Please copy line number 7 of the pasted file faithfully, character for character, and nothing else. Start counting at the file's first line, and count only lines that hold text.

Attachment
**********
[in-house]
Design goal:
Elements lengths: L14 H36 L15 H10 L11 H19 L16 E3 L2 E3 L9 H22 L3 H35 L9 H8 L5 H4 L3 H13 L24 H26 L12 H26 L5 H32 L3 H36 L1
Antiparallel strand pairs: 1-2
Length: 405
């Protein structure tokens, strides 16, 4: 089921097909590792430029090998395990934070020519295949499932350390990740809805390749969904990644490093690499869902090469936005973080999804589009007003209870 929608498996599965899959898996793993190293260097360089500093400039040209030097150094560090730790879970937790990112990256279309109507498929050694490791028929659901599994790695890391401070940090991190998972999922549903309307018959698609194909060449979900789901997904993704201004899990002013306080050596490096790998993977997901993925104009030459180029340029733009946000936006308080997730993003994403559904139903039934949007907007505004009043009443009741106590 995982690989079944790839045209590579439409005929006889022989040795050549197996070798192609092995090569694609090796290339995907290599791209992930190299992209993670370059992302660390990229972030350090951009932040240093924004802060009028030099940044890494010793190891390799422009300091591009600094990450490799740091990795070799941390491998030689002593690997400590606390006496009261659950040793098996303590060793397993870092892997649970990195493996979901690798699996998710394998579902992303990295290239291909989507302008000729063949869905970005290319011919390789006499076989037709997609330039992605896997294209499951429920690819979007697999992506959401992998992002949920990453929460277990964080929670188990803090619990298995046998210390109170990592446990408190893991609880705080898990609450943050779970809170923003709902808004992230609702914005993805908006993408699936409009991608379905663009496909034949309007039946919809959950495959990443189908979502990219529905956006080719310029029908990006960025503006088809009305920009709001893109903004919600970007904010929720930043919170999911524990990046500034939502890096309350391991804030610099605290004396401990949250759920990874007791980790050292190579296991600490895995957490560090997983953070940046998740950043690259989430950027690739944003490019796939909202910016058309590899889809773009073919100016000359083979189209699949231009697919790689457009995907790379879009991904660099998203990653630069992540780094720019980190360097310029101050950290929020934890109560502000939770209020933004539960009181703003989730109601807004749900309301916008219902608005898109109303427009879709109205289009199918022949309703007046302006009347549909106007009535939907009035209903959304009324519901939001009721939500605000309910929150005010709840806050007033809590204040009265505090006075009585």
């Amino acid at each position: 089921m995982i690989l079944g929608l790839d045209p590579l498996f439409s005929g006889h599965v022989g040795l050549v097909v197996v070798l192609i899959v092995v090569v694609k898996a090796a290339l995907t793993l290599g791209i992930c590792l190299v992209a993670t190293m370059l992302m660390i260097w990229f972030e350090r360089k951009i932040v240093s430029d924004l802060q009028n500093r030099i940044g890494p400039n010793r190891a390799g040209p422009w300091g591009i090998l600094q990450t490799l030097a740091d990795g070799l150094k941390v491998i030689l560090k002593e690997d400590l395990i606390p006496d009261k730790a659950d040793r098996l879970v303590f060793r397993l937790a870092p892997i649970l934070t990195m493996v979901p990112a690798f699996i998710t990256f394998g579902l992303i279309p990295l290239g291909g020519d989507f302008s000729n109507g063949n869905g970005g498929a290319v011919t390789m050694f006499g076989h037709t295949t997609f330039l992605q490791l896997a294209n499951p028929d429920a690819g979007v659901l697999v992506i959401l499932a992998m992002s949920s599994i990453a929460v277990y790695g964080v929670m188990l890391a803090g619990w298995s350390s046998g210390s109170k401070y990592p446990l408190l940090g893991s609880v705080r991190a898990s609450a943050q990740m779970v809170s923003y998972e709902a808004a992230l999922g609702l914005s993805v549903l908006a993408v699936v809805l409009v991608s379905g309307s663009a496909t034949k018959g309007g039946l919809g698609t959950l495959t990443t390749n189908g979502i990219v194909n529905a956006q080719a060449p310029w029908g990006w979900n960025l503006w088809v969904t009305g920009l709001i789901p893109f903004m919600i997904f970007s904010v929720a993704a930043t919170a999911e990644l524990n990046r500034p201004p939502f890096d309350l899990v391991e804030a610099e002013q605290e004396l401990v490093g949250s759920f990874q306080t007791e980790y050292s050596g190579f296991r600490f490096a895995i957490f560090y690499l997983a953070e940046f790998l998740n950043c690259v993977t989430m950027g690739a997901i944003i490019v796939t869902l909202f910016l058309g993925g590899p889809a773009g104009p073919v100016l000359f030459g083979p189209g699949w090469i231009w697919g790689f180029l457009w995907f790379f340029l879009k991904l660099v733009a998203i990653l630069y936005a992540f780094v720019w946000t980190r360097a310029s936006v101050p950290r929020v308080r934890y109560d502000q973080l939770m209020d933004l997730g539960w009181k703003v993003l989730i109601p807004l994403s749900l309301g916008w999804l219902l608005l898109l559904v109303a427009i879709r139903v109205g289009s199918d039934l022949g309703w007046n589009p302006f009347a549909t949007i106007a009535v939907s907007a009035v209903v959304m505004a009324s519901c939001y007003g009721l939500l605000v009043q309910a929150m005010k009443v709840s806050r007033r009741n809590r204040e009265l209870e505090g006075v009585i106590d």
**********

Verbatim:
């Amino acid at each position: 089921m995982i690989l079944g929608l790839d045209p590579l498996f439409s005929g006889h599965v022989g040795l050549v097909v197996v070798l192609i899959v092995v090569v694609k898996a090796a290339l995907t793993l290599g791209i992930c590792l190299v992209a993670t190293m370059l992302m660390i260097w990229f972030e350090r360089k951009i932040v240093s430029d924004l802060q009028n500093r030099i940044g890494p400039n010793r190891a390799g040209p422009w300091g591009i090998l600094q990450t490799l030097a740091d990795g070799l150094k941390v491998i030689l560090k002593e690997d400590l395990i606390p006496d009261k730790a659950d040793r098996l879970v303590f060793r397993l937790a870092p892997i649970l934070t990195m493996v979901p990112a690798f699996i998710t990256f394998g579902l992303i279309p990295l290239g291909g020519d989507f302008s000729n109507g063949n869905g970005g498929a290319v011919t390789m050694f006499g076989h037709t295949t997609f330039l992605q490791l896997a294209n499951p028929d429920a690819g979007v659901l697999v992506i959401l499932a992998m992002s949920s599994i990453a929460v277990y790695g964080v929670m188990l890391a803090g619990w298995s350390s046998g210390s109170k401070y990592p446990l408190l940090g893991s609880v705080r991190a898990s609450a943050q990740m779970v809170s923003y998972e709902a808004a992230l999922g609702l914005s993805v549903l908006a993408v699936v809805l409009v991608s379905g309307s663009a496909t034949k018959g309007g039946l919809g698609t959950l495959t990443t390749n189908g979502i990219v194909n529905a956006q080719a060449p310029w029908g990006w979900n960025l503006w088809v969904t009305g920009l709001i789901p893109f903004m919600i997904f970007s904010v929720a993704a930043t919170a999911e990644l524990n990046r500034p201004p939502f890096d309350l899990v391991e804030a610099e002013q605290e004396l401990v490093g949250s759920f990874q306080t007791e980790y050292s050596g190579f296991r600490f490096a895995i957490f560090y690499l997983a953070e940046f790998l998740n950043c690259v993977t989430m950027g690739a997901i944003i490019v796939t869902l909202f910016l058309g993925g590899p889809a773009g104009p073919v100016l000359f030459g083979p189209g699949w090469i231009w697919g790689f180029l457009w995907f790379f340029l879009k991904l660099v733009a998203i990653l630069y936005a992540f780094v720019w946000t980190r360097a310029s936006v101050p950290r929020v308080r934890y109560d502000q973080l939770m209020d933004l997730g539960w009181k703003v993003l989730i109601p807004l994403s749900l309301g916008w999804l219902l608005l898109l559904v109303a427009i879709r139903v109205g289009s199918d039934l022949g309703w007046n589009p302006f009347a549909t949007i106007a009535v939907s907007a009035v209903v959304m505004a009324s519901c939001y007003g009721l939500l605000v009043q309910a929150m005010k009443v709840s806050r007033r009741n809590r204040e009265l209870e505090g006075v009585i106590d």